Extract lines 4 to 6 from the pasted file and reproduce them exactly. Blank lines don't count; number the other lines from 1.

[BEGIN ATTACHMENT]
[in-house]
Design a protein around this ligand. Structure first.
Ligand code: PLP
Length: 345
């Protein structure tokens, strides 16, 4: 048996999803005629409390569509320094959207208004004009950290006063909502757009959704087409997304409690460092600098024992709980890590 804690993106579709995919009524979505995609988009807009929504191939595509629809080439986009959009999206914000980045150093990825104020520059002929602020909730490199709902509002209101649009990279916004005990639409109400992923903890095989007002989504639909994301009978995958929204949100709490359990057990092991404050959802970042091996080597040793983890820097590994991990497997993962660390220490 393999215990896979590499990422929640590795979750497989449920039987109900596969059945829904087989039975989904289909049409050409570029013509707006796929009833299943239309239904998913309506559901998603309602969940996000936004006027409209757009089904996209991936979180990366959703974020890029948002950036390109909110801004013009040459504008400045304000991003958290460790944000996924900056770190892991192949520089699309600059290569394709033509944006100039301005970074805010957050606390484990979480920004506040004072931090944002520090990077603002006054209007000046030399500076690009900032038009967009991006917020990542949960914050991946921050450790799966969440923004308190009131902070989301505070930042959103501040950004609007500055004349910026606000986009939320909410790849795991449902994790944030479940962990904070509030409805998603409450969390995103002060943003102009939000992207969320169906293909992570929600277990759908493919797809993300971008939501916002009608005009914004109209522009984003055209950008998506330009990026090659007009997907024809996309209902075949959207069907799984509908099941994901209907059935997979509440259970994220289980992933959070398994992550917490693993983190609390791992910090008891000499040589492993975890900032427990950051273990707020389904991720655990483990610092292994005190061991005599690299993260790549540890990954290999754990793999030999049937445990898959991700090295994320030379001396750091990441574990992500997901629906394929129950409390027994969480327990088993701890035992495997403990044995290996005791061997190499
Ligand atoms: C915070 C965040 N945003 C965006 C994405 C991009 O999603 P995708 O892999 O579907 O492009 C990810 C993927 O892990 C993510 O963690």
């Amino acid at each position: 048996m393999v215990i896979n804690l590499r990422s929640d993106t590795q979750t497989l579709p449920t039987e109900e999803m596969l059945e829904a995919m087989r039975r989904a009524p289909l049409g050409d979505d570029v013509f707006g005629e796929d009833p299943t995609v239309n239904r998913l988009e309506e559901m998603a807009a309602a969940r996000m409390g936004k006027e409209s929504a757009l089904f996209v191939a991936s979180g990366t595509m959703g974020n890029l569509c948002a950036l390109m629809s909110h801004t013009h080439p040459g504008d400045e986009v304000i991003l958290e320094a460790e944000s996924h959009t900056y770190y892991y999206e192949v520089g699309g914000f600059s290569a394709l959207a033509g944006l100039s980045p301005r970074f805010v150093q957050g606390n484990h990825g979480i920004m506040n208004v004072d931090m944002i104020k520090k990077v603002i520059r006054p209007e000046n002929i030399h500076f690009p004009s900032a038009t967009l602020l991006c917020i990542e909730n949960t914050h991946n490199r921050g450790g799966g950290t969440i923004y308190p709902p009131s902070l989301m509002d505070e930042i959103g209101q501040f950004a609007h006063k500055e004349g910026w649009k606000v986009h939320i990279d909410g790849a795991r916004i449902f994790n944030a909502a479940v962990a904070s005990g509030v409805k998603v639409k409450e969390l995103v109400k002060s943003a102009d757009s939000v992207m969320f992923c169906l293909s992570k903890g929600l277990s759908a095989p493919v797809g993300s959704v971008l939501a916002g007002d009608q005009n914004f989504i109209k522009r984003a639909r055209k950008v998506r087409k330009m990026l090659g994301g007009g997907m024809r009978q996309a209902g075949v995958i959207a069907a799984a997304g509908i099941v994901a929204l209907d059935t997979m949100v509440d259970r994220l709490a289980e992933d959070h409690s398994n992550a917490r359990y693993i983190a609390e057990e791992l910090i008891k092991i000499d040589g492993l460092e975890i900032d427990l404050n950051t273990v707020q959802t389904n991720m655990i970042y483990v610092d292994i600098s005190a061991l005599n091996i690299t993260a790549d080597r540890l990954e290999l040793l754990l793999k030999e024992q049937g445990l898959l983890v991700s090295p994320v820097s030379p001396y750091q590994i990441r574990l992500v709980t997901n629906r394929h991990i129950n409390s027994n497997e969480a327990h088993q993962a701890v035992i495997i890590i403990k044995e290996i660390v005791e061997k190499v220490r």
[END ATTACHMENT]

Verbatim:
Length: 345
């Protein structure tokens, strides 16, 4: 048996999803005629409390569509320094959207208004004009950290006063909502757009959704087409997304409690460092600098024992709980890590 804690993106579709995919009524979505995609988009807009929504191939595509629809080439986009959009999206914000980045150093990825104020520059002929602020909730490199709902509002209101649009990279916004005990639409109400992923903890095989007002989504639909994301009978995958929204949100709490359990057990092991404050959802970042091996080597040793983890820097590994991990497997993962660390220490 393999215990896979590499990422929640590795979750497989449920039987109900596969059945829904087989039975989904289909049409050409570029013509707006796929009833299943239309239904998913309506559901998603309602969940996000936004006027409209757009089904996209991936979180990366959703974020890029948002950036390109909110801004013009040459504008400045304000991003958290460790944000996924900056770190892991192949520089699309600059290569394709033509944006100039301005970074805010957050606390484990979480920004506040004072931090944002520090990077603002006054209007000046030399500076690009900032038009967009991006917020990542949960914050991946921050450790799966969440923004308190009131902070989301505070930042959103501040950004609007500055004349910026606000986009939320909410790849795991449902994790944030479940962990904070509030409805998603409450969390995103002060943003102009939000992207969320169906293909992570929600277990759908493919797809993300971008939501916002009608005009914004109209522009984003055209950008998506330009990026090659007009997907024809996309209902075949959207069907799984509908099941994901209907059935997979509440259970994220289980992933959070398994992550917490693993983190609390791992910090008891000499040589492993975890900032427990950051273990707020389904991720655990483990610092292994005190061991005599690299993260790549540890990954290999754990793999030999049937445990898959991700090295994320030379001396750091990441574990992500997901629906394929129950409390027994969480327990088993701890035992495997403990044995290996005791061997190499
Ligand atoms: C915070 C965040 N945003 C965006 C994405 C991009 O999603 P995708 O892999 O579907 O492009 C990810 C993927 O892990 C993510 O963690």